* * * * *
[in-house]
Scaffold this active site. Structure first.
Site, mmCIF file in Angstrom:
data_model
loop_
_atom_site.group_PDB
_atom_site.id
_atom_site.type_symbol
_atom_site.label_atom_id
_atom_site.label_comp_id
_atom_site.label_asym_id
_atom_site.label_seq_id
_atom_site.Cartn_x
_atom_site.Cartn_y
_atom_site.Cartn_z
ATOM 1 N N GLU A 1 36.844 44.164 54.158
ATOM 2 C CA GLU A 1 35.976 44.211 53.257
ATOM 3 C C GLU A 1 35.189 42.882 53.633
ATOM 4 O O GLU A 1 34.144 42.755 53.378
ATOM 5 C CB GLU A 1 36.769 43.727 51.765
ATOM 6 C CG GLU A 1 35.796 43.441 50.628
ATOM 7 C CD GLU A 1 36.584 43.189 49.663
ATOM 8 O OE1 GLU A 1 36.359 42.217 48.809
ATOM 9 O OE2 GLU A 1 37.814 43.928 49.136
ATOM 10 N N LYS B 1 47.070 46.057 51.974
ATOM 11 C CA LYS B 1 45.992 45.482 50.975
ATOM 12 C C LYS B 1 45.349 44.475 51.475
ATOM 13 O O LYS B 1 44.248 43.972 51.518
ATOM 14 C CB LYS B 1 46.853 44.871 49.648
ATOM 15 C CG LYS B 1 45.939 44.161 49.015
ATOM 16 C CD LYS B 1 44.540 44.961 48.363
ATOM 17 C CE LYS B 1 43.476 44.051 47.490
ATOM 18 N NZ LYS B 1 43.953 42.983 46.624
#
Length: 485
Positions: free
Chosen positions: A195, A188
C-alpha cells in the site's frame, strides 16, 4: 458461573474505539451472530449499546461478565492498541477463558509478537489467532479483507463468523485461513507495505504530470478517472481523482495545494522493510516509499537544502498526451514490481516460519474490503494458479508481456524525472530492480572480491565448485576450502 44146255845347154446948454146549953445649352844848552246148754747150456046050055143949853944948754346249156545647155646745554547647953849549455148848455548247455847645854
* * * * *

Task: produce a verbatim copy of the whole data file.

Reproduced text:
[in-house]
Scaffold this active site. Structure first.
Site, mmCIF file in Angstrom:
data_model
loop_
_atom_site.group_PDB
_atom_site.id
_atom_site.type_symbol
_atom_site.label_atom_id
_atom_site.label_comp_id
_atom_site.label_asym_id
_atom_site.label_seq_id
_atom_site.Cartn_x
_atom_site.Cartn_y
_atom_site.Cartn_z
ATOM 1 N N GLU A 1 36.844 44.164 54.158
ATOM 2 C CA GLU A 1 35.976 44.211 53.257
ATOM 3 C C GLU A 1 35.189 42.882 53.633
ATOM 4 O O GLU A 1 34.144 42.755 53.378
ATOM 5 C CB GLU A 1 36.769 43.727 51.765
ATOM 6 C CG GLU A 1 35.796 43.441 50.628
ATOM 7 C CD GLU A 1 36.584 43.189 49.663
ATOM 8 O OE1 GLU A 1 36.359 42.217 48.809
ATOM 9 O OE2 GLU A 1 37.814 43.928 49.136
ATOM 10 N N LYS B 1 47.070 46.057 51.974
ATOM 11 C CA LYS B 1 45.992 45.482 50.975
ATOM 12 C C LYS B 1 45.349 44.475 51.475
ATOM 13 O O LYS B 1 44.248 43.972 51.518
ATOM 14 C CB LYS B 1 46.853 44.871 49.648
ATOM 15 C CG LYS B 1 45.939 44.161 49.015
ATOM 16 C CD LYS B 1 44.540 44.961 48.363
ATOM 17 C CE LYS B 1 43.476 44.051 47.490
ATOM 18 N NZ LYS B 1 43.953 42.983 46.624
#
Length: 485
Positions: free
Chosen positions: A195, A188
C-alpha cells in the site's frame, strides 16, 4: 458461573474505539451472530449499546461478565492498541477463558509478537489467532479483507463468523485461513507495505504530470478517472481523482495545494522493510516509499537544502498526451514490481516460519474490503494458479508481456524525472530492480572480491565448485576450502 44146255845347154446948454146549953445649352844848552246148754747150456046050055143949853944948754346249156545647155646745554547647953849549455148848455548247455847645854